Genre: Shmup Developer: Rocket Science Publisher: Rocket Science Players: 1 Released: 1994
Oh boy, here we go with one of my absolute gaming nightmares, a game which also left me wondering where to even start with writing this review. Loadstar: The Legend of Tully Bodine was one of those games that I seemed to live in mortal fear of. I’ve owned this game for some time now, and every time I’ve tried to play it I’d get my behind handed to me so mercilessly that I swore I’d never play it again. That’s saying a lot coming from me, as I’ve managed to beat some brutally difficult games in my day – Battletoads, Ninja Gaiden, Double Dragon, Chakan, Marble Madness. None of them even scare me a bit, and I can blaze through them no problem, but Loadstar left me in an almost nightmarish state because of how difficult it was to play.
The closest way to describe my relationship with this game is to look at the X-Men’s Wolverine. None of his opponents scared him, even Magneto, an enemy he knew he had no possible chance of ever defeating, but he bravely fought with reckless abandon. Then along came Cyber, a villain very similar in physical traits to him who struck fear into his very heart.
I fought with this game miserably because I knew I had to conquer my fear of it, and I spent hours of endless pain and agony doing what I knew I had to do. Now, I can finally say that though I haven’t conquered Loadstar yet, I’ve finally conquered my fear of this game just as Wolverine eventually did with Cyber. Now let’s dive in head first into the shallow end of the gaming pool that is Loadstar: The Legend of Tully Bodine, a game that I’ve come to consider my “Cyber.”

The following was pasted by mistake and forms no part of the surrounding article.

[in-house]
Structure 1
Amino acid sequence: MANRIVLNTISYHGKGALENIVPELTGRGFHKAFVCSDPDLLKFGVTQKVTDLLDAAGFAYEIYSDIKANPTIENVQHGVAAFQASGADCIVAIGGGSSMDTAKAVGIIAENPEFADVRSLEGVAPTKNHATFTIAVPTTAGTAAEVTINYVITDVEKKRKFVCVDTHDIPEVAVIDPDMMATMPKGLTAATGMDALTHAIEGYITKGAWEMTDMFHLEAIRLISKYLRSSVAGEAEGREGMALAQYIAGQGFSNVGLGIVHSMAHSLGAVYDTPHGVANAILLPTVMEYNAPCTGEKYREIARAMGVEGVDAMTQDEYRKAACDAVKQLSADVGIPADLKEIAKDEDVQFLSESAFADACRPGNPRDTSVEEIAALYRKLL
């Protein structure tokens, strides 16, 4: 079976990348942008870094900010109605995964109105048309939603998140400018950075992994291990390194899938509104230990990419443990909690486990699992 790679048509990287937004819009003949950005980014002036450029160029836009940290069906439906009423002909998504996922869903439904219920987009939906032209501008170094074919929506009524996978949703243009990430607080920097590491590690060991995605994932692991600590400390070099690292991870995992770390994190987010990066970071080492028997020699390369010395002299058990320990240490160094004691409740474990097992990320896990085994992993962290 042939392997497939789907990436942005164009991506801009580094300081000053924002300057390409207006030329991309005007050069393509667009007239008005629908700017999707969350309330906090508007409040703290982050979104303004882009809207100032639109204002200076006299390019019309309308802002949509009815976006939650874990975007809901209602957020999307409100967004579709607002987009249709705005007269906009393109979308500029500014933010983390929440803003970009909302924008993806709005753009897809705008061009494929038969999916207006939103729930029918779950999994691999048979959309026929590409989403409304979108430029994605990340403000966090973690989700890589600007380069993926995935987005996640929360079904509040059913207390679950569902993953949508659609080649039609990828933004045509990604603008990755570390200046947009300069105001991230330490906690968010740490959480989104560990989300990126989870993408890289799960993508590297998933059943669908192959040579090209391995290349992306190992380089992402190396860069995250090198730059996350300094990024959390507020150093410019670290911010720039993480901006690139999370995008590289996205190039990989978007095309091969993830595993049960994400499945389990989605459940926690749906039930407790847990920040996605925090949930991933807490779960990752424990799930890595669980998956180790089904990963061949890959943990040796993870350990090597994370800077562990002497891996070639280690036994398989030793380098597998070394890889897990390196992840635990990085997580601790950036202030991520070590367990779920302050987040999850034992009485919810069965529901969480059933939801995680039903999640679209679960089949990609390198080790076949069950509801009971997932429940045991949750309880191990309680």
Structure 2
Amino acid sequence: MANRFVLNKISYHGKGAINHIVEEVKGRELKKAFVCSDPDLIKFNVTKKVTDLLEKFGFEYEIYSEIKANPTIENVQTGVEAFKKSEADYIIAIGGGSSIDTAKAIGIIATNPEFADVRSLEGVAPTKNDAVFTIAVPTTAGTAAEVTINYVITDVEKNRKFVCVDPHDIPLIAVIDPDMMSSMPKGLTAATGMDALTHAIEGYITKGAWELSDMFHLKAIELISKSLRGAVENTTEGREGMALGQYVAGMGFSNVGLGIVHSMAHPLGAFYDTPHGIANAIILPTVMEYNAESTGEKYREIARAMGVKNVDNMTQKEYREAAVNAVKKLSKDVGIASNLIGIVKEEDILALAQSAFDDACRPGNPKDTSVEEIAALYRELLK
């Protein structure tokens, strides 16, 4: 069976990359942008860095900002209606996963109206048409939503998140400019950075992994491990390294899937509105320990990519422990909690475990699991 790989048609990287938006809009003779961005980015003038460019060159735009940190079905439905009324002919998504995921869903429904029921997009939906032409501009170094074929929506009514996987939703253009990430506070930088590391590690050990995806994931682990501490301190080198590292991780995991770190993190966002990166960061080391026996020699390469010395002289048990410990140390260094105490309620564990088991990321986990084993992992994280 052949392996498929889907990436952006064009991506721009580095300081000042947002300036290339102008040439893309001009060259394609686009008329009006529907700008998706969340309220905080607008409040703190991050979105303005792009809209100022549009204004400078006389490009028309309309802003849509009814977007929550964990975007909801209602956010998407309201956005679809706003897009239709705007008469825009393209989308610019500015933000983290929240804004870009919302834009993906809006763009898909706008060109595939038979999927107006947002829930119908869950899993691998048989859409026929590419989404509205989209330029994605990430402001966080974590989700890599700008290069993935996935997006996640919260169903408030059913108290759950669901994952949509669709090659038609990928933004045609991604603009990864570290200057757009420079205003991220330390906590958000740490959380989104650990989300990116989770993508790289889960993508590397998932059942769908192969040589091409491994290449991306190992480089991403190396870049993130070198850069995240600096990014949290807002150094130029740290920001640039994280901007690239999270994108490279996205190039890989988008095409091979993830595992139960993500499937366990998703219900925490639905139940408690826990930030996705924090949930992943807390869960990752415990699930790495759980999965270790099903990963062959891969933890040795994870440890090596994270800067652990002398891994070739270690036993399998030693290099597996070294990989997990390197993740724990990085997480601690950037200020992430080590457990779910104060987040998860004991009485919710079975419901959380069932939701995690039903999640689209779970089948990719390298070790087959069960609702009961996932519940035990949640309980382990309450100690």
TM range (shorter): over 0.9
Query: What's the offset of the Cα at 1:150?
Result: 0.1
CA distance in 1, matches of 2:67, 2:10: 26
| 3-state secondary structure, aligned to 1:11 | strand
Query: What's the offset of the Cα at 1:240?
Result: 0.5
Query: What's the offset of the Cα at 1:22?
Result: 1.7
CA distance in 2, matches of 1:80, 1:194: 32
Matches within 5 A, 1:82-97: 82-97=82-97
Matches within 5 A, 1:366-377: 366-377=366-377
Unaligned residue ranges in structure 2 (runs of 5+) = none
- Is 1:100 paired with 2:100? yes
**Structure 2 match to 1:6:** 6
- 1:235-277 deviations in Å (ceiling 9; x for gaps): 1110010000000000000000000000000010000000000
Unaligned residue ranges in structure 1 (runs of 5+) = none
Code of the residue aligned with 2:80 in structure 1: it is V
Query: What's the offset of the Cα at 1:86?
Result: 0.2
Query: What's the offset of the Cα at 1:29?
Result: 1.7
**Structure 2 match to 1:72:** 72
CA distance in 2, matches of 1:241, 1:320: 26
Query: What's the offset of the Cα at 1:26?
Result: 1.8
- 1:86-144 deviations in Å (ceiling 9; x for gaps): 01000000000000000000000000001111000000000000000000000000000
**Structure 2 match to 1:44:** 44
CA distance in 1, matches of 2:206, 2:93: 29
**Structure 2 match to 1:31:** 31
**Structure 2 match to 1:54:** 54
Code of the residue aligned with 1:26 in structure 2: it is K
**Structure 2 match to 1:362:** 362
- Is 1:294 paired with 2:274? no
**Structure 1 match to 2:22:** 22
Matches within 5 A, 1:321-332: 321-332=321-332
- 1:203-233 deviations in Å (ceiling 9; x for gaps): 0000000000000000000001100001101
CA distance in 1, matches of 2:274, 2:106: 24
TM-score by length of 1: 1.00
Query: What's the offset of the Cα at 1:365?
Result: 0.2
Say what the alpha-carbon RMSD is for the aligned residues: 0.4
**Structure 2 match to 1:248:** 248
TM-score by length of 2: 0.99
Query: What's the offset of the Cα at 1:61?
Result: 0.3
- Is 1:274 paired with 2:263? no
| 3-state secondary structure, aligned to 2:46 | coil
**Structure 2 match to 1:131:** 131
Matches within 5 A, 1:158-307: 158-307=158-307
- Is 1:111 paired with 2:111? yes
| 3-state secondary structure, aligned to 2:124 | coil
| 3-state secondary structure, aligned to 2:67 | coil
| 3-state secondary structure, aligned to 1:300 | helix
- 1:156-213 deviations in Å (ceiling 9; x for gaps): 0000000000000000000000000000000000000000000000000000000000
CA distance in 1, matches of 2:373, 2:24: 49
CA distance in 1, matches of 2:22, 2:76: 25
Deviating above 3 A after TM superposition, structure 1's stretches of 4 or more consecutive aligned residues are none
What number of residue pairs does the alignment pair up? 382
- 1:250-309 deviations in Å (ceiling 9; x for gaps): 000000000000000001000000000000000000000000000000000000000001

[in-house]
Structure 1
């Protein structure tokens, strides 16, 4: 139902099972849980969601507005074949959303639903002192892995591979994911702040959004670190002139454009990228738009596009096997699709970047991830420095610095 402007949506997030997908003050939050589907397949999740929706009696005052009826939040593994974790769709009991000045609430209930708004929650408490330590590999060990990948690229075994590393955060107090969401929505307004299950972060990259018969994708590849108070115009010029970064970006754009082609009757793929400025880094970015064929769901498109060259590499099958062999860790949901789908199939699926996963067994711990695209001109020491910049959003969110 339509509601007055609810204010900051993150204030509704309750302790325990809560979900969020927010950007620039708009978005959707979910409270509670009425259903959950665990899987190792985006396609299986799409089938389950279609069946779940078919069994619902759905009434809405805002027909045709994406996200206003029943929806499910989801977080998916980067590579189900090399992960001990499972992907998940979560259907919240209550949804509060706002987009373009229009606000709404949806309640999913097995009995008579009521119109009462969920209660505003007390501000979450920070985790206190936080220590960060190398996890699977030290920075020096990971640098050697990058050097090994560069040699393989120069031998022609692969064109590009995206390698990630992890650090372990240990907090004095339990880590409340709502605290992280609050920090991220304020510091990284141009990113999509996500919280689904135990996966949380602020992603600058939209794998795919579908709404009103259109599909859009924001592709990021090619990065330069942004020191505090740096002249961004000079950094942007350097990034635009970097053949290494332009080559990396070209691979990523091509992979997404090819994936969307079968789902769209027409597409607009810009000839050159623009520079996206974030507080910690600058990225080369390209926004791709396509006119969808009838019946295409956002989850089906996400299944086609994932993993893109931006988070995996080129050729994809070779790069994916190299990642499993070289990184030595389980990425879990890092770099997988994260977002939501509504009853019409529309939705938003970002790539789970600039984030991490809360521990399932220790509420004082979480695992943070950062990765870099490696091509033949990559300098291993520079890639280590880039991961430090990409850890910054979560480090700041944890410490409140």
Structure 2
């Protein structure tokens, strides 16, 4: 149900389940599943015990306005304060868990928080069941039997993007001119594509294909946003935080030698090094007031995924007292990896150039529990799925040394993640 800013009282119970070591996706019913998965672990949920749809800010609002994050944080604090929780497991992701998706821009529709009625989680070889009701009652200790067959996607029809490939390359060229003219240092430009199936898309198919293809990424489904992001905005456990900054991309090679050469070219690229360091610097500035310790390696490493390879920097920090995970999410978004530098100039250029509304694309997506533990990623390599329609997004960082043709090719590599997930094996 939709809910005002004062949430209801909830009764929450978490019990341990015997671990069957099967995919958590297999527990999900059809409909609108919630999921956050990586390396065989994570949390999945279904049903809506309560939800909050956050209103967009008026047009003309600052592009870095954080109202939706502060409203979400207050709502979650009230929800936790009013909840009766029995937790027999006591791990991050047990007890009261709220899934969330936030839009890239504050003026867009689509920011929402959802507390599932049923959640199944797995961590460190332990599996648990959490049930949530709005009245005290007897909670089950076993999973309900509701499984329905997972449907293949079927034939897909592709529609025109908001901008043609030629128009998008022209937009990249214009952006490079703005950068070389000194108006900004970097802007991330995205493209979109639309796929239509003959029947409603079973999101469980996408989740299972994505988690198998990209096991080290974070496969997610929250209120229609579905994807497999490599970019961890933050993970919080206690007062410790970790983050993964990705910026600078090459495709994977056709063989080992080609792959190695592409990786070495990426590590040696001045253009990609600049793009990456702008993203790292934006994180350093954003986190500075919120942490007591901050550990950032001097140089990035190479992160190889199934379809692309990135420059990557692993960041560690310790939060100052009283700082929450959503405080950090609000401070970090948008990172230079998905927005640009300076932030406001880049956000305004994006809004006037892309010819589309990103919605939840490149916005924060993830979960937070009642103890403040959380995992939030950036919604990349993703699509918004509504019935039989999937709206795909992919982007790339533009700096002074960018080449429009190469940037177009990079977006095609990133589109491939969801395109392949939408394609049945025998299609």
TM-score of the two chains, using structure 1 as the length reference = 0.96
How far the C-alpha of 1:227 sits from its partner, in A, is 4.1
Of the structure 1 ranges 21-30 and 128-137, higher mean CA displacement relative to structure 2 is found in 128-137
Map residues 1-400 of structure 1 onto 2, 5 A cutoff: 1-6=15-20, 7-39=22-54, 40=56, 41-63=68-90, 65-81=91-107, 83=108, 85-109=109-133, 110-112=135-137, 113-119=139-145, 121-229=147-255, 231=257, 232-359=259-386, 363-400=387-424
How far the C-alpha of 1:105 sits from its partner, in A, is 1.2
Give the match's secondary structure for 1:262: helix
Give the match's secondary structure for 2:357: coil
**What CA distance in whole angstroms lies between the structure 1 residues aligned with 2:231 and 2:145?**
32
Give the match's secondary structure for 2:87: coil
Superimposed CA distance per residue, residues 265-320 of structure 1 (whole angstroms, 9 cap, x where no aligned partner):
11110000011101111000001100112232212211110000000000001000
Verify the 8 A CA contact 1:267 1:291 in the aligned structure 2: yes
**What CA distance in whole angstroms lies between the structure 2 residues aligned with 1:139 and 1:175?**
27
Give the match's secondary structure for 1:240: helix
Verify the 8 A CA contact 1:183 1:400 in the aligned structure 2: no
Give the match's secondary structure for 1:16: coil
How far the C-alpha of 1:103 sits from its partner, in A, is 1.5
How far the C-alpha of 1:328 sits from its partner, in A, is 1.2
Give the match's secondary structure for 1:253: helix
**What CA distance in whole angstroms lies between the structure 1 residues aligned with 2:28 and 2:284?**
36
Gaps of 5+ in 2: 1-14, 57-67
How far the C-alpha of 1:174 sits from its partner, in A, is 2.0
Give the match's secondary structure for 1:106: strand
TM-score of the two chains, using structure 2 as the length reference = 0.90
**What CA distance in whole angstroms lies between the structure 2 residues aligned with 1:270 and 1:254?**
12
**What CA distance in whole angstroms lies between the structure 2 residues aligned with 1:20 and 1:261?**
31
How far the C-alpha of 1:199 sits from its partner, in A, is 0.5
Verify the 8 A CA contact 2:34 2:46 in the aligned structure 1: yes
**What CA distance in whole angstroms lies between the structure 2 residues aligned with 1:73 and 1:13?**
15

Before I go any further with this review I have to start out by complimenting this game. Loadstar has a very well done FMV intro that’s several minutes long and is full of that wonderful ’80s campy space sci-fi. I really like it. The game also stars two respectable acting talents, Ned Beatty and Barry Primus as the two main characters. Their roles are purposely campy, but they carry their parts quite well so they were always great to watch, even after having to watch them several times over when I died so much.
In a nutshell, the story is about Tully Bodine, a smuggler, who has picked up a load of goods and is trying to outrun the law when he realizes that he’s been framed for a crime he didn’t commit. He has to navigate a large space railway network with his smuggling vehicle aptly named Loadstar. While you play the game, Tully interacts with Loadstar’s navigation computer named Mort(em) who is basically depicted as an animated Joe Smiley and is basically the game’s comic relief.
The game is basically Sewer Shark in space but much harder. During each of the four stages there’s an object in the background such as a satellite or a building. It acts as a focal point for the direction that you have to follow, and it grows larger the closer you are to your destination. There is also a heading indicator which is basically a 360-degree compass, and the higher the number is on the indicator means you’re further off course. As you navigate the railways you point your cursor in the direction you want to turn, and it also acts as your firing crosshair. One of my complaints is that it’s very hard to hit enemies and choose a direction to turn at the same time, and I can remember countless times that I missed turns trying to kill enemies to save myself from damage. There are two different shields that you have to learn to use efficiently as they can run out very fast, and they do take a long time to recharge.